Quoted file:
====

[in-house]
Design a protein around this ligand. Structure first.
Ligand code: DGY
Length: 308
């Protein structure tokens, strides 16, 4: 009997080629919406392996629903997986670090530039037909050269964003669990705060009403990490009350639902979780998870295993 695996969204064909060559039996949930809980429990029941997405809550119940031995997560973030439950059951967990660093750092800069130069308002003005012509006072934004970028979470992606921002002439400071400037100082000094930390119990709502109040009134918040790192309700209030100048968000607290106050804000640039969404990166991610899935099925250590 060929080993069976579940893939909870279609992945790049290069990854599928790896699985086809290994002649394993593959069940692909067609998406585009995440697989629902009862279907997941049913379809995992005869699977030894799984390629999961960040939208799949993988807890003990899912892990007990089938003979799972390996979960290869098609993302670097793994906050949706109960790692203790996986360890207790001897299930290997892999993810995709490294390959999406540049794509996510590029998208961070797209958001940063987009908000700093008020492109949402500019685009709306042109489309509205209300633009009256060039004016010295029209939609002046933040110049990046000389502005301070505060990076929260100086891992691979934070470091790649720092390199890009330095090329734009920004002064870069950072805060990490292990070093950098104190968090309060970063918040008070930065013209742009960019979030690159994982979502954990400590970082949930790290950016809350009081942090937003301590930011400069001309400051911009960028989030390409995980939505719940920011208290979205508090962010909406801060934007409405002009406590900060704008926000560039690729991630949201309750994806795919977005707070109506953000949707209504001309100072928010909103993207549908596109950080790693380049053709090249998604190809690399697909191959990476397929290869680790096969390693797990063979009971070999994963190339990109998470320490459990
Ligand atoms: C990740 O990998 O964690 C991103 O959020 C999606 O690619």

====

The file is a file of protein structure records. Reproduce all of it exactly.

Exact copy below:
[in-house]
Design a protein around this ligand. Structure first.
Ligand code: DGY
Length: 308
């Protein structure tokens, strides 16, 4: 009997080629919406392996629903997986670090530039037909050269964003669990705060009403990490009350639902979780998870295993 695996969204064909060559039996949930809980429990029941997405809550119940031995997560973030439950059951967990660093750092800069130069308002003005012509006072934004970028979470992606921002002439400071400037100082000094930390119990709502109040009134918040790192309700209030100048968000607290106050804000640039969404990166991610899935099925250590 060929080993069976579940893939909870279609992945790049290069990854599928790896699985086809290994002649394993593959069940692909067609998406585009995440697989629902009862279907997941049913379809995992005869699977030894799984390629999961960040939208799949993988807890003990899912892990007990089938003979799972390996979960290869098609993302670097793994906050949706109960790692203790996986360890207790001897299930290997892999993810995709490294390959999406540049794509996510590029998208961070797209958001940063987009908000700093008020492109949402500019685009709306042109489309509205209300633009009256060039004016010295029209939609002046933040110049990046000389502005301070505060990076929260100086891992691979934070470091790649720092390199890009330095090329734009920004002064870069950072805060990490292990070093950098104190968090309060970063918040008070930065013209742009960019979030690159994982979502954990400590970082949930790290950016809350009081942090937003301590930011400069001309400051911009960028989030390409995980939505719940920011208290979205508090962010909406801060934007409405002009406590900060704008926000560039690729991630949201309750994806795919977005707070109506953000949707209504001309100072928010909103993207549908596109950080790693380049053709090249998604190809690399697909191959990476397929290869680790096969390693797990063979009971070999994963190339990109998470320490459990
Ligand atoms: C990740 O990998 O964690 C991103 O959020 C999606 O690619």